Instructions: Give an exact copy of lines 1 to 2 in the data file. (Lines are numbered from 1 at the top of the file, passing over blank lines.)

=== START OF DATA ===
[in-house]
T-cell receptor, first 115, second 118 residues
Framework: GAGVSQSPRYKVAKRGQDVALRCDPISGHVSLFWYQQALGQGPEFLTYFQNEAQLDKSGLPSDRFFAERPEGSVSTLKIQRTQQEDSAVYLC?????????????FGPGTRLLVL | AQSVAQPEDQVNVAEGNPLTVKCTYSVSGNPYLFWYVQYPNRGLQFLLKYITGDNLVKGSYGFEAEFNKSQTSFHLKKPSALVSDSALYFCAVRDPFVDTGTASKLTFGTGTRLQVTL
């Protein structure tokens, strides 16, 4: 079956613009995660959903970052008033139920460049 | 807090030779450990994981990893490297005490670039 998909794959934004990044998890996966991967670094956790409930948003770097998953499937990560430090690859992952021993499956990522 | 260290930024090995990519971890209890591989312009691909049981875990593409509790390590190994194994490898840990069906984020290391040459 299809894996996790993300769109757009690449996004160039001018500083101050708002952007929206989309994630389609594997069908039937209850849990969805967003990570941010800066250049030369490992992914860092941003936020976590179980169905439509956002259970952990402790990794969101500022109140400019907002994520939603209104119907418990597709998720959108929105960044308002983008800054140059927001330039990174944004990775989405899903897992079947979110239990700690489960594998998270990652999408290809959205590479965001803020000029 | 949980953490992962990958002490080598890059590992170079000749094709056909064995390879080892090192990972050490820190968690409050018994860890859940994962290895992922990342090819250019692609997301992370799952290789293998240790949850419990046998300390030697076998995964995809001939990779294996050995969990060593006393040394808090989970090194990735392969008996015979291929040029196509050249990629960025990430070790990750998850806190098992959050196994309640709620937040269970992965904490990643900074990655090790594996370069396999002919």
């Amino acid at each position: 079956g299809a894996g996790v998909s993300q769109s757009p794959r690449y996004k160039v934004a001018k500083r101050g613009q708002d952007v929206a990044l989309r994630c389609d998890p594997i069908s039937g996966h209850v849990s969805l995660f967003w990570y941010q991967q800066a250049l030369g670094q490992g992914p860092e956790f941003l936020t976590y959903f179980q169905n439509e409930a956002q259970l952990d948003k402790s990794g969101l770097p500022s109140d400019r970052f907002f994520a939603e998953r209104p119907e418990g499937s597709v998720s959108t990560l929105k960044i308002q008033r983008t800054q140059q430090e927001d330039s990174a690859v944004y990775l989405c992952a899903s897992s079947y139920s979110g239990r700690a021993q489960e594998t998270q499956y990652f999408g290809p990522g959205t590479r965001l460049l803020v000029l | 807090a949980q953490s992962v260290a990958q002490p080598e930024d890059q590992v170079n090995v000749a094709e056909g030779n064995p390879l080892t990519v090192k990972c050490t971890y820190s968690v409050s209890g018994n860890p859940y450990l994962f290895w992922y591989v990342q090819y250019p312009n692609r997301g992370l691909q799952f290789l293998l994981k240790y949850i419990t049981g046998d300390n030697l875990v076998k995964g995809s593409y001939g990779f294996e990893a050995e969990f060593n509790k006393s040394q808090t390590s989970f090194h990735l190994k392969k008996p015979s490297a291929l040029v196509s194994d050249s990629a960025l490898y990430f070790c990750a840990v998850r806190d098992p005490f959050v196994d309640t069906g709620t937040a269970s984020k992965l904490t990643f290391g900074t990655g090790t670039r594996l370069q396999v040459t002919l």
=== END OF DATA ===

[in-house]
T-cell receptor, first 115, second 118 residues